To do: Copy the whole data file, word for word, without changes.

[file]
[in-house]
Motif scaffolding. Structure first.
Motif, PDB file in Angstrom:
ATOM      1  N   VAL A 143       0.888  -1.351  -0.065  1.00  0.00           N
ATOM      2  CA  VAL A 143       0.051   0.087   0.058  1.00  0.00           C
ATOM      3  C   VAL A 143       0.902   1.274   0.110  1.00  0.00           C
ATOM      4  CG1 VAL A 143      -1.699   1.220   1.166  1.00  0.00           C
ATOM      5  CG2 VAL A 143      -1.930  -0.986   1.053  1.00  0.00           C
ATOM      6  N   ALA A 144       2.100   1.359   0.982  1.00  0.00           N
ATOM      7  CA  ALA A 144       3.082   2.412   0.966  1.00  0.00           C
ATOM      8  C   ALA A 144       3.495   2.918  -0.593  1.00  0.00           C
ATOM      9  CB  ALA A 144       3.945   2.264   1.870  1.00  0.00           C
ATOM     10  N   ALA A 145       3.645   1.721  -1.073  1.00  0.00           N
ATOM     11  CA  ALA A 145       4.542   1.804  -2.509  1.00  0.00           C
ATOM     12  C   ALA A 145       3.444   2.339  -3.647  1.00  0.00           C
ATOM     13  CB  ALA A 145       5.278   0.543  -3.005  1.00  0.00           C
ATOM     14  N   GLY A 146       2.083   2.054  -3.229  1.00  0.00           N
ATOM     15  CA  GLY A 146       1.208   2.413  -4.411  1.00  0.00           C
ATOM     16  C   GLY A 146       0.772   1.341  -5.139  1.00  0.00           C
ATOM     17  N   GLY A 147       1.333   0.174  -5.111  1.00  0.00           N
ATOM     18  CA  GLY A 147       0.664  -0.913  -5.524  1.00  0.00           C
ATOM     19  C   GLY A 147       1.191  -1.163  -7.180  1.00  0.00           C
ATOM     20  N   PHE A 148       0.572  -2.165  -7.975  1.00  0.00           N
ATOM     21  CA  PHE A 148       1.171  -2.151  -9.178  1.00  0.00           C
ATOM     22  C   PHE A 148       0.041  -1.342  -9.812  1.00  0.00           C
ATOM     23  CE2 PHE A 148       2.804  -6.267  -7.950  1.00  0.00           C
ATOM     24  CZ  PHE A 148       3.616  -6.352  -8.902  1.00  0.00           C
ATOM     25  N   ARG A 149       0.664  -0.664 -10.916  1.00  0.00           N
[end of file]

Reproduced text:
[in-house]
Motif scaffolding. Structure first.
Motif, PDB file in Angstrom:
ATOM      1  N   VAL A 143       0.888  -1.351  -0.065  1.00  0.00           N
ATOM      2  CA  VAL A 143       0.051   0.087   0.058  1.00  0.00           C
ATOM      3  C   VAL A 143       0.902   1.274   0.110  1.00  0.00           C
ATOM      4  CG1 VAL A 143      -1.699   1.220   1.166  1.00  0.00           C
ATOM      5  CG2 VAL A 143      -1.930  -0.986   1.053  1.00  0.00           C
ATOM      6  N   ALA A 144       2.100   1.359   0.982  1.00  0.00           N
ATOM      7  CA  ALA A 144       3.082   2.412   0.966  1.00  0.00           C
ATOM      8  C   ALA A 144       3.495   2.918  -0.593  1.00  0.00           C
ATOM      9  CB  ALA A 144       3.945   2.264   1.870  1.00  0.00           C
ATOM     10  N   ALA A 145       3.645   1.721  -1.073  1.00  0.00           N
ATOM     11  CA  ALA A 145       4.542   1.804  -2.509  1.00  0.00           C
ATOM     12  C   ALA A 145       3.444   2.339  -3.647  1.00  0.00           C
ATOM     13  CB  ALA A 145       5.278   0.543  -3.005  1.00  0.00           C
ATOM     14  N   GLY A 146       2.083   2.054  -3.229  1.00  0.00           N
ATOM     15  CA  GLY A 146       1.208   2.413  -4.411  1.00  0.00           C
ATOM     16  C   GLY A 146       0.772   1.341  -5.139  1.00  0.00           C
ATOM     17  N   GLY A 147       1.333   0.174  -5.111  1.00  0.00           N
ATOM     18  CA  GLY A 147       0.664  -0.913  -5.524  1.00  0.00           C
ATOM     19  C   GLY A 147       1.191  -1.163  -7.180  1.00  0.00           C
ATOM     20  N   PHE A 148       0.572  -2.165  -7.975  1.00  0.00           N
ATOM     21  CA  PHE A 148       1.171  -2.151  -9.178  1.00  0.00           C
ATOM     22  C   PHE A 148       0.041  -1.342  -9.812  1.00  0.00           C
ATOM     23  CE2 PHE A 148       2.804  -6.267  -7.950  1.00  0.00           C
ATOM     24  CZ  PHE A 148       3.616  -6.352  -8.902  1.00  0.00           C
ATOM     25  N   ARG A 149       0.664  -0.664 -10.916  1.00  0.00           N